Hidden Brilliance: Appreciating Unconventional (and autistic) Minds

On the Inside

“You talk too much” he said to me with disdain.

Artwork by Audrey Niffenegger

Artwork by Audrey Niffenegger

Indeed. At times I do, but its hard not to when you have a million thoughts firing off in your head at the speed of light every other nano-second. So that’s why I started to write, because I realized, that everyone in your immediate surroundings are not always going to want to hear what you have to say all day and night, all of the time (but that there would be others who would).

Ever since I was young, my imagination has always been off the richter scale. Where most people have become adults and their imagination waned, mine has only seemed to grow stronger. I live in my head and often times can’t sleep because of all of the thoughts and ideas that simply will not let me rest. This has always been the case, for as long as I can remember. I would wake up out of my sleep to sketch, draw, or write. I HAD to read something, make something, just do anything or else I wouldn’t be able to go back to bed. This usually worked against me because I’d work on something until it was time to either get ready for school or work (as I got older). This is still the case. There are over 100 memos on my phone dedicated to ideas and plans that I absolutely must write down when they come to me. Many times I wake up out of my sleep just to input them. It used to frustrate me greatly, but I have learned to accept how my mind chooses to work.

Some would think being so ‘gifted’ and creative would be a great thing (which it is). I am very grateful  in regards to creativity, but it can also be a double-edged sword. You see, for me, it is incredibly hard to focus on one thing at a time. I do finish many projects and meet my deadlines (because I like getting paid), but rarely can I ever simply do one thing at a time. Like now for instance, I am writing this article, but I am also going back and forth between another article and proposal that I am writing (because that is the way my mind works). I am currently reading 4 different books as well as learning  new versions of Adobe Photoshop, Illustrator, and Salesforce. I am working on my Spanish so that I can move on to learning Portuguese. Most of the time I need complete silence to work or create because of all the “noise” in my head. Good noise, creative, talented noise… but noise nonetheless (when I’m not singing while I work). That is why my nocturnal self is happiest between 12am-4am. This is because this is when the world seems quiet and I can hear myself think… somewhat.

I haven’t been tested for adult ADHD or anything like that, but I do know that my mind doesn’t work like others. While I struggle at times, I do see the blessing in being mentally multi-faceted even when it is challenging. For me, writers block is not simply writer’s block. It’s everything block. It’s being unable to write, paint, sew, or create ANYTHING. On the flip slide, it can be just as bad when I am in a very creative space because the creativity hits me all at once (in every area). I HAVE to do everything, which can result in a lot getting started but not as much actually being finished at the same time (even though it all still gets finished at some point). I am not writing this for all you WebMd all-stars or Psychology 101 students to entertain yourselves by trying to diagnose me with something. You can miss me with that shit.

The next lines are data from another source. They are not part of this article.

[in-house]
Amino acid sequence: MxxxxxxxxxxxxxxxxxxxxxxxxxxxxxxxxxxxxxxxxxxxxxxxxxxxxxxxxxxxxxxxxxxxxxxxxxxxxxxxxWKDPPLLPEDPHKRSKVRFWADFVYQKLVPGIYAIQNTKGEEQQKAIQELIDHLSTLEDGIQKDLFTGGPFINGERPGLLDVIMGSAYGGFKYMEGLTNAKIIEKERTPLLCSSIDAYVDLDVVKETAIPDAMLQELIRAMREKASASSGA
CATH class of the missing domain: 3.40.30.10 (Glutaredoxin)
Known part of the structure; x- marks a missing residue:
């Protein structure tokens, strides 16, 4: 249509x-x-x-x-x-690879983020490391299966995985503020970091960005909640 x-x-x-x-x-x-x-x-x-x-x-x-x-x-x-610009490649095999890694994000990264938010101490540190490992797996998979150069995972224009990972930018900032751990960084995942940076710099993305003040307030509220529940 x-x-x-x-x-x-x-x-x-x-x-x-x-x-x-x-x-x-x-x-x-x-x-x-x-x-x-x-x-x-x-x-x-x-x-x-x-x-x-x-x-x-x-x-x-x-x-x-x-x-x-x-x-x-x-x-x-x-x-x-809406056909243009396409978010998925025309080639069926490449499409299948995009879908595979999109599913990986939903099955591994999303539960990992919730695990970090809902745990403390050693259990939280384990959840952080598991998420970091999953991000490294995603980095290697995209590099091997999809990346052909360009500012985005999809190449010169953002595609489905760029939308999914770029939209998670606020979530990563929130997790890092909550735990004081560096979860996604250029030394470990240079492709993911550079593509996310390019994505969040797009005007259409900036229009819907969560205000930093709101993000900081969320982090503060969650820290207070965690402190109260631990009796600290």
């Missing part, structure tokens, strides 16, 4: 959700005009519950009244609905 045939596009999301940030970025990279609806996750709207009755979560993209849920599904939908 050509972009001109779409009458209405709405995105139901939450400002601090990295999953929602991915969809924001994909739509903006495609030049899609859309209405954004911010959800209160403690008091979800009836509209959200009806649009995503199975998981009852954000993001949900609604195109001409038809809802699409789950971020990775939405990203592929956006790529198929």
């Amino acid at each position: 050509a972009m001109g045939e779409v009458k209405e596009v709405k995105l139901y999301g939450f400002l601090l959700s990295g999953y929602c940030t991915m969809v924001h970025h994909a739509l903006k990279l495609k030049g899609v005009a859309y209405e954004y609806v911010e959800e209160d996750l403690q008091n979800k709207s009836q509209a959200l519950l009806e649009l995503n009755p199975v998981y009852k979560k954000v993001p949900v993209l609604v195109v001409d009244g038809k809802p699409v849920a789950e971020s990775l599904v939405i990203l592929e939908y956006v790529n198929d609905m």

Hidden Brilliance

images-5I am writing this for those of you out there who may feel like this as well. I am writing for anyone whose mind processes differently. This article is dedicated to those of you who do deal with ADHD and the countless children diagnosed with autism (who are constantly misunderstood). I want you all to know that it is okay if your mind is not like some conventional oven (only baking up the shit people tell you is valuable). I want parents of autistic children to be able to shed the shame that they sometimes experience because other people do not understand their children.

images-2You see, people are so quick to assume a kid is just being bad, rude, or spoiled. They rarely consider that maybe the child is autistic and experiencing a sensory overload. Compassion is key. Sometimes, having a different perspective is the best thing. A different mind is actually what makes you more special and more innovative. Personally, I happen to think people with autism are the quiet geniuses among us. The rest of us simply haven’t unlocked the language in which to communicate with them. Some people mock folks who who stutter and assume they are mentally delayed, but I’m willing to bet that they are so intelligent that their mouths simply cannot keep up with the speed of their thoughts. At least that’s how I see it.

My point is, even if you have certain physical, emotional, or mental challenges, YOU get to decide if something is a hindrance or a gift, no one else. You can find how to work with it and let it enhance you versus define you (according to someone else’s lackluster perspective). So do that and let your brilliance show. You don’t have to keep it hidden, it’s what makes you special.

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